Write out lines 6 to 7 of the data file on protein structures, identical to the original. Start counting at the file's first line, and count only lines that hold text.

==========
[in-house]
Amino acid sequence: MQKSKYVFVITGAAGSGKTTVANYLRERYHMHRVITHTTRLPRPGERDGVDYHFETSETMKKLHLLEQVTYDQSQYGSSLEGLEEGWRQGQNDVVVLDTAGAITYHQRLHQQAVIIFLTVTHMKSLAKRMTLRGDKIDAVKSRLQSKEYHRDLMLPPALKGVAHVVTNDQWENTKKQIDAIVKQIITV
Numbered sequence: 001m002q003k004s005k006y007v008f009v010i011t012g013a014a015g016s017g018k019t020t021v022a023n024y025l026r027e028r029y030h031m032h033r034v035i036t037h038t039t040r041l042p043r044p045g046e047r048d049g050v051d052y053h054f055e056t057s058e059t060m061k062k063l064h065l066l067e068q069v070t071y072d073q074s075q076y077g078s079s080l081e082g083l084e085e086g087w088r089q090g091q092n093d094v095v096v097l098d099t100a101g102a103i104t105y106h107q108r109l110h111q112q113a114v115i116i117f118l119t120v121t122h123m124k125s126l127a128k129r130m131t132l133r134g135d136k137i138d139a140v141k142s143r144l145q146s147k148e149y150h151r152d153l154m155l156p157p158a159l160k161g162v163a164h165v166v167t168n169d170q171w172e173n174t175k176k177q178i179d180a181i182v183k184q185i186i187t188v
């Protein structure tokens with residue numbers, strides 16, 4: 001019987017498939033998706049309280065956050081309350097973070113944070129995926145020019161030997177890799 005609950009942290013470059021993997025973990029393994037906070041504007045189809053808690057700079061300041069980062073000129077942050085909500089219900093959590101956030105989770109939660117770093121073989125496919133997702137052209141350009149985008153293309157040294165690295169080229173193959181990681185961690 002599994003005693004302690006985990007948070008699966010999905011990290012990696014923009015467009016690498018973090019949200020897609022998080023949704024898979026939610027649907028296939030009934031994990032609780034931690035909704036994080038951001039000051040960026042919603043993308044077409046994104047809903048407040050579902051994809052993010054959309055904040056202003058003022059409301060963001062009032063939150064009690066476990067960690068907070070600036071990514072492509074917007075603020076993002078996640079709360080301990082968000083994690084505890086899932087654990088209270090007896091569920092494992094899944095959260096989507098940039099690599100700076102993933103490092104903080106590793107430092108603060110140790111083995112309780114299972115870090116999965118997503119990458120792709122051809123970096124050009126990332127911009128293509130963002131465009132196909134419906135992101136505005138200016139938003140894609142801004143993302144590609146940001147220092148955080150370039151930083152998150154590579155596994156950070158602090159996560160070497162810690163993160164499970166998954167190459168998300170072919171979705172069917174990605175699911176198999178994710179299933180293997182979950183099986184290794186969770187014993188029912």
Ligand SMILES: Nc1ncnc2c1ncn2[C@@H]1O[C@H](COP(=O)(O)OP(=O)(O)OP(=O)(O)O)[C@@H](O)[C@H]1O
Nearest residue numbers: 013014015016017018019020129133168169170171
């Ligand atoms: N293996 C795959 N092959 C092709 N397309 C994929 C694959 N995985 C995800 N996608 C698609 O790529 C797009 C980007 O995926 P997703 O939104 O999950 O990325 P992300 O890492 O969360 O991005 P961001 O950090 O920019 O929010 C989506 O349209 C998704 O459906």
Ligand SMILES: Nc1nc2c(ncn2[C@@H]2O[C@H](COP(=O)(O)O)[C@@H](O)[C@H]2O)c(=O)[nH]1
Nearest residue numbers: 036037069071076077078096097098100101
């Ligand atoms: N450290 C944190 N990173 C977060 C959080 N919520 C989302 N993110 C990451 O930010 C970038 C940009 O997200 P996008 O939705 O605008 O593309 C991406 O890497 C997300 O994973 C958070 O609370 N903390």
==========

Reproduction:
Nearest residue numbers: 013014015016017018019020129133168169170171
């Ligand atoms: N293996 C795959 N092959 C092709 N397309 C994929 C694959 N995985 C995800 N996608 C698609 O790529 C797009 C980007 O995926 P997703 O939104 O999950 O990325 P992300 O890492 O969360 O991005 P961001 O950090 O920019 O929010 C989506 O349209 C998704 O459906």